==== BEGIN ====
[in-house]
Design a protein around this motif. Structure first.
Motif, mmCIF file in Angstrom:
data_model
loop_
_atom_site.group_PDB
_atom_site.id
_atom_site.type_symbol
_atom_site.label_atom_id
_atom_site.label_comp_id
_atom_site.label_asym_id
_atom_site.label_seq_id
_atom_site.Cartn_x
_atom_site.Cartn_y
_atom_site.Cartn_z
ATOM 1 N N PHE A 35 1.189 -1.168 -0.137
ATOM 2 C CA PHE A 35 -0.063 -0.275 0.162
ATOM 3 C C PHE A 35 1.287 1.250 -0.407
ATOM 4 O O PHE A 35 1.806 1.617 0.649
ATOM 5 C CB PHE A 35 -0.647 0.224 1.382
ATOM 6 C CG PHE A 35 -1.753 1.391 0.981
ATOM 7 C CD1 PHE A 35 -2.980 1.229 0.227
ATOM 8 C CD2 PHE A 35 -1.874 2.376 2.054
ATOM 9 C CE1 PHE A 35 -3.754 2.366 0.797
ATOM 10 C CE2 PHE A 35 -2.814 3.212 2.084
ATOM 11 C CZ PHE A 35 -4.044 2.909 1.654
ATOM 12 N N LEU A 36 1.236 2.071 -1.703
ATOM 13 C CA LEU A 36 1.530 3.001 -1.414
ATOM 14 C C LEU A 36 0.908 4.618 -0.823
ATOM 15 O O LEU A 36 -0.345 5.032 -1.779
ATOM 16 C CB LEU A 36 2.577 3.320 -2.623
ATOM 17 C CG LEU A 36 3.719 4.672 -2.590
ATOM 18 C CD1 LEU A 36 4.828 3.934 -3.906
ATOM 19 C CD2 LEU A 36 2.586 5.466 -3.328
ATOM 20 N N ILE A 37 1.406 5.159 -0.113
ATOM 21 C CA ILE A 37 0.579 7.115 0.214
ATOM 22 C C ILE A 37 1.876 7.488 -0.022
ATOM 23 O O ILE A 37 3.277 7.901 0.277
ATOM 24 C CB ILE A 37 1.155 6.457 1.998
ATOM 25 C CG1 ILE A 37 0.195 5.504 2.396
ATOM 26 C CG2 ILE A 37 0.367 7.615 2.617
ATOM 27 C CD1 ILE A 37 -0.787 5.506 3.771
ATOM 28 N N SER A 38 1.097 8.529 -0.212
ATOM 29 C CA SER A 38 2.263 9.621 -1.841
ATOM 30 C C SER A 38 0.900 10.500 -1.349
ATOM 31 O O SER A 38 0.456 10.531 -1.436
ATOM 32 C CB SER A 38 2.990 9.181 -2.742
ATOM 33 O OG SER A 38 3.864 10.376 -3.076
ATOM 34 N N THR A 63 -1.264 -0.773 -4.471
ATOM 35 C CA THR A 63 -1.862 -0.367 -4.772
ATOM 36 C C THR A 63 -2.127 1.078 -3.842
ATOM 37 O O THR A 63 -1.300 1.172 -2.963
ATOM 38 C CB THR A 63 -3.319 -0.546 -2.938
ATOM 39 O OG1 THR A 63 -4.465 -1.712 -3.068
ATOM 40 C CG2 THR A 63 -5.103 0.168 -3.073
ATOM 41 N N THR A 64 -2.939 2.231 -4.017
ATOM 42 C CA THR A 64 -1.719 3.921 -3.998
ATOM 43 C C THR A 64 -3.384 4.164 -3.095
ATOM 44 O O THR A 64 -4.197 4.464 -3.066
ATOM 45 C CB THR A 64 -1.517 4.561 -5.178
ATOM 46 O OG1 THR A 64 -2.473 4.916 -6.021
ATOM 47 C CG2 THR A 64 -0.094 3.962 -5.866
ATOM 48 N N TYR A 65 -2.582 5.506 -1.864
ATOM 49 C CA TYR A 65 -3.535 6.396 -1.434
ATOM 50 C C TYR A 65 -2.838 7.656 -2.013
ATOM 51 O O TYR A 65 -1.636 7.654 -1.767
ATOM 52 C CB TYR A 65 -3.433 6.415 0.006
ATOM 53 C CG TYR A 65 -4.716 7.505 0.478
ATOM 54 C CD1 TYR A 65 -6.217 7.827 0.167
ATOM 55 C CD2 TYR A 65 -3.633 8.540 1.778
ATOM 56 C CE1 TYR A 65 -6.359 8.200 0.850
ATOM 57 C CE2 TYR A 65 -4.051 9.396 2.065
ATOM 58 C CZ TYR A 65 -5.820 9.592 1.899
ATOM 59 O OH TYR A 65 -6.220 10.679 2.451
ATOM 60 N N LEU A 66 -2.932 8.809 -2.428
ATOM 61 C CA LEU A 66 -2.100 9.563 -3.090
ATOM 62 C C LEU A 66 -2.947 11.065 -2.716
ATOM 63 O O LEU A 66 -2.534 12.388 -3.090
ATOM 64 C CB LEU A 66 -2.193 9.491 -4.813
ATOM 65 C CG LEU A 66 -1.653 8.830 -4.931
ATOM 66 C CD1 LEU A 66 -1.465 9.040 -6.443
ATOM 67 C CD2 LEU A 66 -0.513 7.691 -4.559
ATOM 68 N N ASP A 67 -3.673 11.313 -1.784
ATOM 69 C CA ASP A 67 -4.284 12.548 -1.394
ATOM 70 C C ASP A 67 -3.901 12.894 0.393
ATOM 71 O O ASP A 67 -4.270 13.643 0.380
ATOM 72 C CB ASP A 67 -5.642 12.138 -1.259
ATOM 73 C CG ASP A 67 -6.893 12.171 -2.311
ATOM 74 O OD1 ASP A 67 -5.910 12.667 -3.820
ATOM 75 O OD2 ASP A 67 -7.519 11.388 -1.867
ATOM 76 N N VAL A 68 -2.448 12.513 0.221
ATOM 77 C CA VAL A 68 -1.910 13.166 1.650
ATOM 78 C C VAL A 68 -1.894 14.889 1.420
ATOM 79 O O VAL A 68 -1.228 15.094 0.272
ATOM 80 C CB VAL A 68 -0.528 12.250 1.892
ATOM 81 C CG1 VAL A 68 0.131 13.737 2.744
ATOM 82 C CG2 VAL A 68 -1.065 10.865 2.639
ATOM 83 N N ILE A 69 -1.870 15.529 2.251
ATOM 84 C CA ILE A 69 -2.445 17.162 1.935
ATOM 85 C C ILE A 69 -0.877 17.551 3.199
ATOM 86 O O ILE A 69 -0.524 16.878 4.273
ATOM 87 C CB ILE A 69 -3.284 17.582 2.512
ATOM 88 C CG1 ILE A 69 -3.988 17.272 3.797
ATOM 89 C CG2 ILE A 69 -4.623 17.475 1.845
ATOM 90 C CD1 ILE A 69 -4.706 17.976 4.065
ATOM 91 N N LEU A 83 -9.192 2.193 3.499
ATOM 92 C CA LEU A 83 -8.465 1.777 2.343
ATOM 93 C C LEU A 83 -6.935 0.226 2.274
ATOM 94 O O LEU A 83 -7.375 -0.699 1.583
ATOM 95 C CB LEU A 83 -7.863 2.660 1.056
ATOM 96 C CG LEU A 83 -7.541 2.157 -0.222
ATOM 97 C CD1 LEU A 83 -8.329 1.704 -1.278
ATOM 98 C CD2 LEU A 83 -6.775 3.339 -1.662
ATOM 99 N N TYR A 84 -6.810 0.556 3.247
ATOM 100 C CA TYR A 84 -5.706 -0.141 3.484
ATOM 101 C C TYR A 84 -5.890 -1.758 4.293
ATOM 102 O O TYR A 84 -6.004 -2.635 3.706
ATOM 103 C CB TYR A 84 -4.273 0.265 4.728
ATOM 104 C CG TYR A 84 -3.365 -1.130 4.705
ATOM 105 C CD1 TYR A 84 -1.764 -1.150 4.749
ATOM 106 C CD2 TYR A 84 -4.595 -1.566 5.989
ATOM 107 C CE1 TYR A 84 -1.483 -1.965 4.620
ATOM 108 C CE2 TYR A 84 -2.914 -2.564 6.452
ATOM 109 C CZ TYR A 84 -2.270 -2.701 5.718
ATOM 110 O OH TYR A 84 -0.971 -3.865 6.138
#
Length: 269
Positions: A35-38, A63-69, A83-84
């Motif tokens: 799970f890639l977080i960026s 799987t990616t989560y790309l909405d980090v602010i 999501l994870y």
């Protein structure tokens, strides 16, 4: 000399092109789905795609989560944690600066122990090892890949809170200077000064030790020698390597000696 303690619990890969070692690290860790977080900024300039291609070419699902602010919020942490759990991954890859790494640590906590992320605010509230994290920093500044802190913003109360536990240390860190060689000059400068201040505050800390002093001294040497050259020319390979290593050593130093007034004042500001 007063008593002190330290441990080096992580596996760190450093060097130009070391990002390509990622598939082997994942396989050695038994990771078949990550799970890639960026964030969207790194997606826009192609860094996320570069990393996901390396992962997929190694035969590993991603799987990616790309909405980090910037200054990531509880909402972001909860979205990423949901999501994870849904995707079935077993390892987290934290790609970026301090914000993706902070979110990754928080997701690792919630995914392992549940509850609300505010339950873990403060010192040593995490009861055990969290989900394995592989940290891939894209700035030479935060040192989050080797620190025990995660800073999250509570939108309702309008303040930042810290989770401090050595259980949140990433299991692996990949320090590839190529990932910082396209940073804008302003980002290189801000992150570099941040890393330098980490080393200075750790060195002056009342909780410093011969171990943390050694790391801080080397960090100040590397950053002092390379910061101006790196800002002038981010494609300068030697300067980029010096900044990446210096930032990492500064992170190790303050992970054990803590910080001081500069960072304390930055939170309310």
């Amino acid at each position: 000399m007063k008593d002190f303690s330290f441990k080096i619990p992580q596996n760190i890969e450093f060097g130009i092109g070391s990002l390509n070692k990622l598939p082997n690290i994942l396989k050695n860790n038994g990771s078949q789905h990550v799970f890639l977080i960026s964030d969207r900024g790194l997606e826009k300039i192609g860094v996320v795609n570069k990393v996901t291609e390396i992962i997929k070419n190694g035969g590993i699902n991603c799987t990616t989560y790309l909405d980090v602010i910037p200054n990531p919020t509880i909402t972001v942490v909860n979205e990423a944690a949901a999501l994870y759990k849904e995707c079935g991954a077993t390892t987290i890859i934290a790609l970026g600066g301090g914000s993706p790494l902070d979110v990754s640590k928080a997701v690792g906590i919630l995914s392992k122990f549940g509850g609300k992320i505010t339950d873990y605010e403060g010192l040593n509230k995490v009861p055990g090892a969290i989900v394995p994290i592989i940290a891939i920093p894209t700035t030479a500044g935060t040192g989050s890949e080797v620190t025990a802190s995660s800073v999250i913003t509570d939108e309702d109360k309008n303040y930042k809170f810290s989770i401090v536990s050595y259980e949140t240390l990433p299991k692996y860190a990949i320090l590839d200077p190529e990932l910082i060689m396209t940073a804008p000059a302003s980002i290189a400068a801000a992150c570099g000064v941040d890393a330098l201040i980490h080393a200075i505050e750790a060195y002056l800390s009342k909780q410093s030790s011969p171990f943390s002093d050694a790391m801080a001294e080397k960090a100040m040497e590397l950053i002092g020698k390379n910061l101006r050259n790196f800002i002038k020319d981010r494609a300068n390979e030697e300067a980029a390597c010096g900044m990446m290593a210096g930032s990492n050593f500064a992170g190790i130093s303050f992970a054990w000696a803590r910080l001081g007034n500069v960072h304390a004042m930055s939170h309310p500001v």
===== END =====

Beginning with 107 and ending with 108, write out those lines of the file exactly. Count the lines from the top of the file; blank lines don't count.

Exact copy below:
ATOM 92 C CA LEU A 83 -8.465 1.777 2.343
ATOM 93 C C LEU A 83 -6.935 0.226 2.274